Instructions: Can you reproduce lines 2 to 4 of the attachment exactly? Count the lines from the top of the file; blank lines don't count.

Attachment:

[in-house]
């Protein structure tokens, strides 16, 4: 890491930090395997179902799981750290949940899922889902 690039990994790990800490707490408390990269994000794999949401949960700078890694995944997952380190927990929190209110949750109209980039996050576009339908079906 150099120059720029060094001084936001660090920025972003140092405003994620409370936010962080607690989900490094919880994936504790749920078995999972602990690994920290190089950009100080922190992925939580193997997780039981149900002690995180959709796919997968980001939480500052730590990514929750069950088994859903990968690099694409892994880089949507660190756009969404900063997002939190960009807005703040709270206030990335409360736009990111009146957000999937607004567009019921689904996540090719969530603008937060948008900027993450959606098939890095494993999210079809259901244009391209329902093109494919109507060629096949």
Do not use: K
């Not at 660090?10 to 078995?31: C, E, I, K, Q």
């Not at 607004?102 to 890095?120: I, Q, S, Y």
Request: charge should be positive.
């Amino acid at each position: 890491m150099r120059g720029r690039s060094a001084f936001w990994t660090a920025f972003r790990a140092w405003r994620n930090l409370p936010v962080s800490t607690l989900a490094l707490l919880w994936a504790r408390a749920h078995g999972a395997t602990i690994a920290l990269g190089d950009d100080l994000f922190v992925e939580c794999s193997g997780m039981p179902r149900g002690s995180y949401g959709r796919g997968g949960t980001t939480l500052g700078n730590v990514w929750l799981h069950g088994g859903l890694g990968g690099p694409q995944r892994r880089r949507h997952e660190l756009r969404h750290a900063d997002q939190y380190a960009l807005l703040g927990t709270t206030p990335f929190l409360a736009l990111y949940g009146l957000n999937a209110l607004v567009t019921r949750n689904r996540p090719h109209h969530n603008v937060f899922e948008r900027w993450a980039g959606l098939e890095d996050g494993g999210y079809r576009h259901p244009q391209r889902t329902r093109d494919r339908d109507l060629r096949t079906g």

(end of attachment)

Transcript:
């Protein structure tokens, strides 16, 4: 890491930090395997179902799981750290949940899922889902 690039990994790990800490707490408390990269994000794999949401949960700078890694995944997952380190927990929190209110949750109209980039996050576009339908079906 150099120059720029060094001084936001660090920025972003140092405003994620409370936010962080607690989900490094919880994936504790749920078995999972602990690994920290190089950009100080922190992925939580193997997780039981149900002690995180959709796919997968980001939480500052730590990514929750069950088994859903990968690099694409892994880089949507660190756009969404900063997002939190960009807005703040709270206030990335409360736009990111009146957000999937607004567009019921689904996540090719969530603008937060948008900027993450959606098939890095494993999210079809259901244009391209329902093109494919109507060629096949």
Do not use: K
């Not at 660090?10 to 078995?31: C, E, I, K, Q």